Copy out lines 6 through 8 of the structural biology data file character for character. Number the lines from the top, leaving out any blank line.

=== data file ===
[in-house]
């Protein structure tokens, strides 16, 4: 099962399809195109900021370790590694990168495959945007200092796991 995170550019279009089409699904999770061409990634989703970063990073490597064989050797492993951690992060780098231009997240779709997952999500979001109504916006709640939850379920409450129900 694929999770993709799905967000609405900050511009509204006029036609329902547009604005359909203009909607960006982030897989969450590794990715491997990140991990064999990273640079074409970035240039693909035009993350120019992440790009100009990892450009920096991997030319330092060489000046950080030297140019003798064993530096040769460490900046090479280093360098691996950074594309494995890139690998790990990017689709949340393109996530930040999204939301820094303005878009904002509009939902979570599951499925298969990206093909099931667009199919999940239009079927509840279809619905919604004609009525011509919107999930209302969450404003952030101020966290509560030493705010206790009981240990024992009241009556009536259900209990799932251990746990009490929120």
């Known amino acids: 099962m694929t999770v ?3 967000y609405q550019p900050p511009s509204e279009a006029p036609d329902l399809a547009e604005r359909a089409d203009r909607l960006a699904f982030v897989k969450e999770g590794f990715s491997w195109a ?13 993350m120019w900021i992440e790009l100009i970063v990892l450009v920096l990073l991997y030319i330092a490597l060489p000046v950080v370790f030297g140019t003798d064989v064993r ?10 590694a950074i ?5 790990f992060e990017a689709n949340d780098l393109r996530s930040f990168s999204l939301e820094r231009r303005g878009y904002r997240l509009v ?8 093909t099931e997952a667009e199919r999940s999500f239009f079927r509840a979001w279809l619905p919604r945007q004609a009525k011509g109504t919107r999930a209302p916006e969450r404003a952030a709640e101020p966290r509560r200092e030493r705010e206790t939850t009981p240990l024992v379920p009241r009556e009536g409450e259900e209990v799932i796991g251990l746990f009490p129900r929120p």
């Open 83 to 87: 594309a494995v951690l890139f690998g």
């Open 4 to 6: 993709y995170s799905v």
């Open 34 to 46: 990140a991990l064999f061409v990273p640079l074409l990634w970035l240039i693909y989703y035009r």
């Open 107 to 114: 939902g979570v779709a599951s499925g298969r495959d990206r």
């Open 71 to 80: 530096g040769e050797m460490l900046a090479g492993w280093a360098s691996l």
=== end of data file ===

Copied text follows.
């Open 34 to 46: 990140a991990l064999f061409v990273p640079l074409l990634w970035l240039i693909y989703y035009r």
């Open 107 to 114: 939902g979570v779709a599951s499925g298969r495959d990206r």
């Open 71 to 80: 530096g040769e050797m460490l900046a090479g492993w280093a360098s691996l």